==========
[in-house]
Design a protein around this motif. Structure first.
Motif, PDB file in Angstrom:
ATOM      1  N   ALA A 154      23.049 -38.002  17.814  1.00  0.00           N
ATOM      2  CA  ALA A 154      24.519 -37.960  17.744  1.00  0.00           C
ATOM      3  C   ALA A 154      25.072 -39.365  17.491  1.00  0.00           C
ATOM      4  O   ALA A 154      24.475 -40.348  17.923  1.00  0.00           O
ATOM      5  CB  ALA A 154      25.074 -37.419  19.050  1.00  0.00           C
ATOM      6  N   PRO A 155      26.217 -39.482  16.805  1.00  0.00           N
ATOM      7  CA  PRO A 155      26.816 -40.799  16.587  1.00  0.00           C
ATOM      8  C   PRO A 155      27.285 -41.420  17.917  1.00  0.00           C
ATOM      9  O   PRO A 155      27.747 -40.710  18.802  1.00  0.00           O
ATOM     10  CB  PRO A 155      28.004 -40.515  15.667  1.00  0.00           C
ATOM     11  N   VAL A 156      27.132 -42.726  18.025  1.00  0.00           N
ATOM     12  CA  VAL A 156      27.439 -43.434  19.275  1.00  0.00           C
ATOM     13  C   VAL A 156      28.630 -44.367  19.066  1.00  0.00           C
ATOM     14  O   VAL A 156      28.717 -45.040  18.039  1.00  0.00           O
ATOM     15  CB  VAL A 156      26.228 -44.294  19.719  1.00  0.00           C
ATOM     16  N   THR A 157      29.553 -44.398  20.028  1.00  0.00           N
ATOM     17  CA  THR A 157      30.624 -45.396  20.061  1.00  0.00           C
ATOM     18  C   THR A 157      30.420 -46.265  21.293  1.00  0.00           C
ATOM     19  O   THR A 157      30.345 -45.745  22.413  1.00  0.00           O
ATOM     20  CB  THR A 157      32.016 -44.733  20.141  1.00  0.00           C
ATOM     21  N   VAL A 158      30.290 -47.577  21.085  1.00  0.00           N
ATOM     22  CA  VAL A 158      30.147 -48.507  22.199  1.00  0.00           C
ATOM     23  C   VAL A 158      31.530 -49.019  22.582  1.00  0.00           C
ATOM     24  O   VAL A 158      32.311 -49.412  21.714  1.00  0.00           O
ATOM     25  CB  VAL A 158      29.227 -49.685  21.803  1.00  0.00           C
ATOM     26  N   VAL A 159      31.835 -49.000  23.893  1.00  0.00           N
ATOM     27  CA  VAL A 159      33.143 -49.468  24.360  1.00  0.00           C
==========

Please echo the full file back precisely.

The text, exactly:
[in-house]
Design a protein around this motif. Structure first.
Motif, PDB file in Angstrom:
ATOM      1  N   ALA A 154      23.049 -38.002  17.814  1.00  0.00           N
ATOM      2  CA  ALA A 154      24.519 -37.960  17.744  1.00  0.00           C
ATOM      3  C   ALA A 154      25.072 -39.365  17.491  1.00  0.00           C
ATOM      4  O   ALA A 154      24.475 -40.348  17.923  1.00  0.00           O
ATOM      5  CB  ALA A 154      25.074 -37.419  19.050  1.00  0.00           C
ATOM      6  N   PRO A 155      26.217 -39.482  16.805  1.00  0.00           N
ATOM      7  CA  PRO A 155      26.816 -40.799  16.587  1.00  0.00           C
ATOM      8  C   PRO A 155      27.285 -41.420  17.917  1.00  0.00           C
ATOM      9  O   PRO A 155      27.747 -40.710  18.802  1.00  0.00           O
ATOM     10  CB  PRO A 155      28.004 -40.515  15.667  1.00  0.00           C
ATOM     11  N   VAL A 156      27.132 -42.726  18.025  1.00  0.00           N
ATOM     12  CA  VAL A 156      27.439 -43.434  19.275  1.00  0.00           C
ATOM     13  C   VAL A 156      28.630 -44.367  19.066  1.00  0.00           C
ATOM     14  O   VAL A 156      28.717 -45.040  18.039  1.00  0.00           O
ATOM     15  CB  VAL A 156      26.228 -44.294  19.719  1.00  0.00           C
ATOM     16  N   THR A 157      29.553 -44.398  20.028  1.00  0.00           N
ATOM     17  CA  THR A 157      30.624 -45.396  20.061  1.00  0.00           C
ATOM     18  C   THR A 157      30.420 -46.265  21.293  1.00  0.00           C
ATOM     19  O   THR A 157      30.345 -45.745  22.413  1.00  0.00           O
ATOM     20  CB  THR A 157      32.016 -44.733  20.141  1.00  0.00           C
ATOM     21  N   VAL A 158      30.290 -47.577  21.085  1.00  0.00           N
ATOM     22  CA  VAL A 158      30.147 -48.507  22.199  1.00  0.00           C
ATOM     23  C   VAL A 158      31.530 -49.019  22.582  1.00  0.00           C
ATOM     24  O   VAL A 158      32.311 -49.412  21.714  1.00  0.00           O
ATOM     25  CB  VAL A 158      29.227 -49.685  21.803  1.00  0.00           C
ATOM     26  N   VAL A 159      31.835 -49.000  23.893  1.00  0.00           N
ATOM     27  CA  VAL A 159      33.143 -49.468  24.360  1.00  0.00           C